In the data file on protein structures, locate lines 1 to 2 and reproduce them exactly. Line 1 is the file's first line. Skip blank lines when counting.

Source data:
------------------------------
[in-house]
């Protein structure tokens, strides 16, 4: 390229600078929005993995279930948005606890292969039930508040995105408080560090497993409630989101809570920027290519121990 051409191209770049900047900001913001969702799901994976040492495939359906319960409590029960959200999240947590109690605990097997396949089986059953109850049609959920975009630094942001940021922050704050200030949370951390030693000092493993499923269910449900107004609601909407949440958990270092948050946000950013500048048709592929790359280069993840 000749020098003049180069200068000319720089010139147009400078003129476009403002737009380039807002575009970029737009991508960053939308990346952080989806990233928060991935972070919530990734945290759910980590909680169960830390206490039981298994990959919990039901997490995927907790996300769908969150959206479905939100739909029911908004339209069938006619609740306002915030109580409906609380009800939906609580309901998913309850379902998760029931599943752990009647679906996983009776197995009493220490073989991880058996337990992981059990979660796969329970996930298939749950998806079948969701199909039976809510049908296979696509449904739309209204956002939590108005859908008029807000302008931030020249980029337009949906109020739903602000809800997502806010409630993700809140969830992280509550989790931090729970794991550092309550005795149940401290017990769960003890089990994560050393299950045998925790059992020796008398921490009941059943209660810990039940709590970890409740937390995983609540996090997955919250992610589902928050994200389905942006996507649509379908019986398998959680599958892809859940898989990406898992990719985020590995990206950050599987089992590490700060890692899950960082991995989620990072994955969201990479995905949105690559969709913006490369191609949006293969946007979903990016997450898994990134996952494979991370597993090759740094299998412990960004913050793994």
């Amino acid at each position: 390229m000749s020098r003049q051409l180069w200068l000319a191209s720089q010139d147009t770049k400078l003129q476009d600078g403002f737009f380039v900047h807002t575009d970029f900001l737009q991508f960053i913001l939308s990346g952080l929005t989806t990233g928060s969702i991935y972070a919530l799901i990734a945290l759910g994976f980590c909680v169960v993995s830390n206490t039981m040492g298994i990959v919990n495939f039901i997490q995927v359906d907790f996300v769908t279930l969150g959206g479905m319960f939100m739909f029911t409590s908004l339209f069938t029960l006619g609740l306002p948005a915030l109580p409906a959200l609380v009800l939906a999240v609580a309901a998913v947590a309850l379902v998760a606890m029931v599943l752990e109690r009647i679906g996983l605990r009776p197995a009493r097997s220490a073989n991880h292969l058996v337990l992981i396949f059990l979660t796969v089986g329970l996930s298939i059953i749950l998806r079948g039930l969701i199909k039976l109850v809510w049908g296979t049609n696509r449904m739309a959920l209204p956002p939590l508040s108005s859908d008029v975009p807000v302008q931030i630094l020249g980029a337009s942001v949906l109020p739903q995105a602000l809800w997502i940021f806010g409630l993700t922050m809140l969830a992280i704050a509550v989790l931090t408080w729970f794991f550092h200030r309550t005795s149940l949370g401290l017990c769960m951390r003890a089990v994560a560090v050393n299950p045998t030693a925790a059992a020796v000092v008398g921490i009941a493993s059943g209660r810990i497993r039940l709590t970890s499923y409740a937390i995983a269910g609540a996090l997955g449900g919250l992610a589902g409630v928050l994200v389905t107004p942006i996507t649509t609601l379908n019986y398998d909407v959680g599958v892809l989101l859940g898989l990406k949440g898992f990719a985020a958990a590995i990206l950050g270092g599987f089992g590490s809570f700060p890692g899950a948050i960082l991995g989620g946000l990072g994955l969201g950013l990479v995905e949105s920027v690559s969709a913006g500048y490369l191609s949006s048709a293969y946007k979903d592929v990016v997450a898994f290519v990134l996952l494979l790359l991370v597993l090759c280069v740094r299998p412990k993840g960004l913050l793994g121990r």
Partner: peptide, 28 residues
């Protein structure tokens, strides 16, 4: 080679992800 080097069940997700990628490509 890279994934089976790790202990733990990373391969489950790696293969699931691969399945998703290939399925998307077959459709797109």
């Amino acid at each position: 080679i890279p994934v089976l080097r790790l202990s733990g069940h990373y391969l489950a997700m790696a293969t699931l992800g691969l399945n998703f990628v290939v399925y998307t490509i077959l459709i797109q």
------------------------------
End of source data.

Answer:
[in-house]
């Protein structure tokens, strides 16, 4: 390229600078929005993995279930948005606890292969039930508040995105408080560090497993409630989101809570920027290519121990 051409191209770049900047900001913001969702799901994976040492495939359906319960409590029960959200999240947590109690605990097997396949089986059953109850049609959920975009630094942001940021922050704050200030949370951390030693000092493993499923269910449900107004609601909407949440958990270092948050946000950013500048048709592929790359280069993840 000749020098003049180069200068000319720089010139147009400078003129476009403002737009380039807002575009970029737009991508960053939308990346952080989806990233928060991935972070919530990734945290759910980590909680169960830390206490039981298994990959919990039901997490995927907790996300769908969150959206479905939100739909029911908004339209069938006619609740306002915030109580409906609380009800939906609580309901998913309850379902998760029931599943752990009647679906996983009776197995009493220490073989991880058996337990992981059990979660796969329970996930298939749950998806079948969701199909039976809510049908296979696509449904739309209204956002939590108005859908008029807000302008931030020249980029337009949906109020739903602000809800997502806010409630993700809140969830992280509550989790931090729970794991550092309550005795149940401290017990769960003890089990994560050393299950045998925790059992020796008398921490009941059943209660810990039940709590970890409740937390995983609540996090997955919250992610589902928050994200389905942006996507649509379908019986398998959680599958892809859940898989990406898992990719985020590995990206950050599987089992590490700060890692899950960082991995989620990072994955969201990479995905949105690559969709913006490369191609949006293969946007979903990016997450898994990134996952494979991370597993090759740094299998412990960004913050793994």